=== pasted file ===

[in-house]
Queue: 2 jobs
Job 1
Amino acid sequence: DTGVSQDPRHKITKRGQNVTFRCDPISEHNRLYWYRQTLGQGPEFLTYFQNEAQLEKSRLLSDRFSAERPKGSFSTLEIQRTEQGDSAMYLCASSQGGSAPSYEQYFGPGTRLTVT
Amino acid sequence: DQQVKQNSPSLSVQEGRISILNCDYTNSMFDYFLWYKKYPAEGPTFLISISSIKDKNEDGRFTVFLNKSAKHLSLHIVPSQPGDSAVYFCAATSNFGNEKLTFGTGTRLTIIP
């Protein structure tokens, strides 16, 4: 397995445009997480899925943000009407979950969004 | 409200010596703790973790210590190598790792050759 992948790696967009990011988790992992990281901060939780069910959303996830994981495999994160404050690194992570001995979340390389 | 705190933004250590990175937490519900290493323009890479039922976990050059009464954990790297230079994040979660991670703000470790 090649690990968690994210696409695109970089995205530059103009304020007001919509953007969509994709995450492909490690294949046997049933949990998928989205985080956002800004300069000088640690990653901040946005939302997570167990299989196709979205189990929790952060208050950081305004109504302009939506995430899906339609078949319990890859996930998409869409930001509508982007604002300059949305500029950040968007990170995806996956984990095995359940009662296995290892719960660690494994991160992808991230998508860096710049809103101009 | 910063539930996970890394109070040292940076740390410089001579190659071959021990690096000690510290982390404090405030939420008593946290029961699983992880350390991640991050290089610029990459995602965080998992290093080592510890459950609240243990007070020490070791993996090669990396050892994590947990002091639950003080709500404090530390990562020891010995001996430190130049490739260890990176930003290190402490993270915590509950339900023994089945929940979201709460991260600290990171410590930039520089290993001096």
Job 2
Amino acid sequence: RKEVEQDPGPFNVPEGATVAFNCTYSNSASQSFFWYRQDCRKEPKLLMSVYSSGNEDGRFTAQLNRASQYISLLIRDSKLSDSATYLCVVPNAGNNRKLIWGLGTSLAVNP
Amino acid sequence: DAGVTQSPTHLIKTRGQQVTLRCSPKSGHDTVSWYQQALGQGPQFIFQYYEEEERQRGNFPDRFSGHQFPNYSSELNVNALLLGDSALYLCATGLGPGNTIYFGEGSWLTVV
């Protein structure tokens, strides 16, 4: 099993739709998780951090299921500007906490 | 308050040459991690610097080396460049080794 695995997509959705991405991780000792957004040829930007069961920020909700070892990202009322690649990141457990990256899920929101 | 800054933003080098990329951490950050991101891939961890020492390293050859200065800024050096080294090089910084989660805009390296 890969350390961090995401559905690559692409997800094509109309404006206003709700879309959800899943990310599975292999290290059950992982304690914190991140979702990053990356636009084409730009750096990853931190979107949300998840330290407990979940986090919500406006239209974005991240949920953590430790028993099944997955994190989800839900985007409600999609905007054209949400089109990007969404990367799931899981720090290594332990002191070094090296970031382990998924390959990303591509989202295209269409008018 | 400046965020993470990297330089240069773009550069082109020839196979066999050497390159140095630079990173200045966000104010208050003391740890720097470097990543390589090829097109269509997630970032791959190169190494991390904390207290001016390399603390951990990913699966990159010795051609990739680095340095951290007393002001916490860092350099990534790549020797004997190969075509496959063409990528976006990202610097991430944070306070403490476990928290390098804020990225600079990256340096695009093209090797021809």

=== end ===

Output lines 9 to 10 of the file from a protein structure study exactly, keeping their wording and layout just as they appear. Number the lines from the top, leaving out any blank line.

Amino acid sequence: DAGVTQSPTHLIKTRGQQVTLRCSPKSGHDTVSWYQQALGQGPQFIFQYYEEEERQRGNFPDRFSGHQFPNYSSELNVNALLLGDSALYLCATGLGPGNTIYFGEGSWLTVV
């Protein structure tokens, strides 16, 4: 099993739709998780951090299921500007906490 | 308050040459991690610097080396460049080794 695995997509959705991405991780000792957004040829930007069961920020909700070892990202009322690649990141457990990256899920929101 | 800054933003080098990329951490950050991101891939961890020492390293050859200065800024050096080294090089910084989660805009390296 890969350390961090995401559905690559692409997800094509109309404006206003709700879309959800899943990310599975292999290290059950992982304690914190991140979702990053990356636009084409730009750096990853931190979107949300998840330290407990979940986090919500406006239209974005991240949920953590430790028993099944997955994190989800839900985007409600999609905007054209949400089109990007969404990367799931899981720090290594332990002191070094090296970031382990998924390959990303591509989202295209269409008018 | 400046965020993470990297330089240069773009550069082109020839196979066999050497390159140095630079990173200045966000104010208050003391740890720097470097990543390589090829097109269509997630970032791959190169190494991390904390207290001016390399603390951990990913699966990159010795051609990739680095340095951290007393002001916490860092350099990534790549020797004997190969075509496959063409990528976006990202610097991430944070306070403490476990928290390098804020990225600079990256340096695009093209090797021809």